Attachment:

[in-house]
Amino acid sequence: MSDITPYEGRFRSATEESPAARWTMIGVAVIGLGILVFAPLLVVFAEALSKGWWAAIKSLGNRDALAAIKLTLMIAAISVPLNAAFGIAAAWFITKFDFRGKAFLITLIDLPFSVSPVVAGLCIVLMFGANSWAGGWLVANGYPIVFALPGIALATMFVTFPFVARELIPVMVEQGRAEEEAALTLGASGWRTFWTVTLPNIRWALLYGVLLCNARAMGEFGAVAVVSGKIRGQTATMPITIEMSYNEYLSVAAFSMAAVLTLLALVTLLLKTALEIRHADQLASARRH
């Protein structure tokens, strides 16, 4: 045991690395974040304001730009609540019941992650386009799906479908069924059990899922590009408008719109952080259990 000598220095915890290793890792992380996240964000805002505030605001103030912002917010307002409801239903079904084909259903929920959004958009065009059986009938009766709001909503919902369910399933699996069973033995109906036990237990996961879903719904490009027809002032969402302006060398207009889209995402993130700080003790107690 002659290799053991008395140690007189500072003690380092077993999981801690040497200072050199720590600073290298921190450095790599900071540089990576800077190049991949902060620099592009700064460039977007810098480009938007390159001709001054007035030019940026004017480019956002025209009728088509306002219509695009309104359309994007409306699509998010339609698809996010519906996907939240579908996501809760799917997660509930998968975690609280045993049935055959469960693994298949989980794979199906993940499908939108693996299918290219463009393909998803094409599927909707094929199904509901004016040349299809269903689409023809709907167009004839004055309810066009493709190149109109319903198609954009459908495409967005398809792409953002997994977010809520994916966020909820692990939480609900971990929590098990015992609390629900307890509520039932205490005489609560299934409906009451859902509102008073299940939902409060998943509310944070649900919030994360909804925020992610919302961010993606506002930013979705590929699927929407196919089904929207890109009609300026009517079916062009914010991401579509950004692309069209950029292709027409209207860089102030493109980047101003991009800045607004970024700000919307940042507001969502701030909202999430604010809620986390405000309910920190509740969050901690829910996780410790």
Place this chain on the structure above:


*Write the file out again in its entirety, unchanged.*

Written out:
[in-house]
Amino acid sequence: MSDITPYEGRFRSATEESPAARWTMIGVAVIGLGILVFAPLLVVFAEALSKGWWAAIKSLGNRDALAAIKLTLMIAAISVPLNAAFGIAAAWFITKFDFRGKAFLITLIDLPFSVSPVVAGLCIVLMFGANSWAGGWLVANGYPIVFALPGIALATMFVTFPFVARELIPVMVEQGRAEEEAALTLGASGWRTFWTVTLPNIRWALLYGVLLCNARAMGEFGAVAVVSGKIRGQTATMPITIEMSYNEYLSVAAFSMAAVLTLLALVTLLLKTALEIRHADQLASARRH
């Protein structure tokens, strides 16, 4: 045991690395974040304001730009609540019941992650386009799906479908069924059990899922590009408008719109952080259990 000598220095915890290793890792992380996240964000805002505030605001103030912002917010307002409801239903079904084909259903929920959004958009065009059986009938009766709001909503919902369910399933699996069973033995109906036990237990996961879903719904490009027809002032969402302006060398207009889209995402993130700080003790107690 002659290799053991008395140690007189500072003690380092077993999981801690040497200072050199720590600073290298921190450095790599900071540089990576800077190049991949902060620099592009700064460039977007810098480009938007390159001709001054007035030019940026004017480019956002025209009728088509306002219509695009309104359309994007409306699509998010339609698809996010519906996907939240579908996501809760799917997660509930998968975690609280045993049935055959469960693994298949989980794979199906993940499908939108693996299918290219463009393909998803094409599927909707094929199904509901004016040349299809269903689409023809709907167009004839004055309810066009493709190149109109319903198609954009459908495409967005398809792409953002997994977010809520994916966020909820692990939480609900971990929590098990015992609390629900307890509520039932205490005489609560299934409906009451859902509102008073299940939902409060998943509310944070649900919030994360909804925020992610919302961010993606506002930013979705590929699927929407196919089904929207890109009609300026009517079916062009914010991401579509950004692309069209950029292709027409209207860089102030493109980047101003991009800045607004970024700000919307940042507001969502701030909202999430604010809620986390405000309910920190509740969050901690829910996780410790």
Place this chain on the structure above: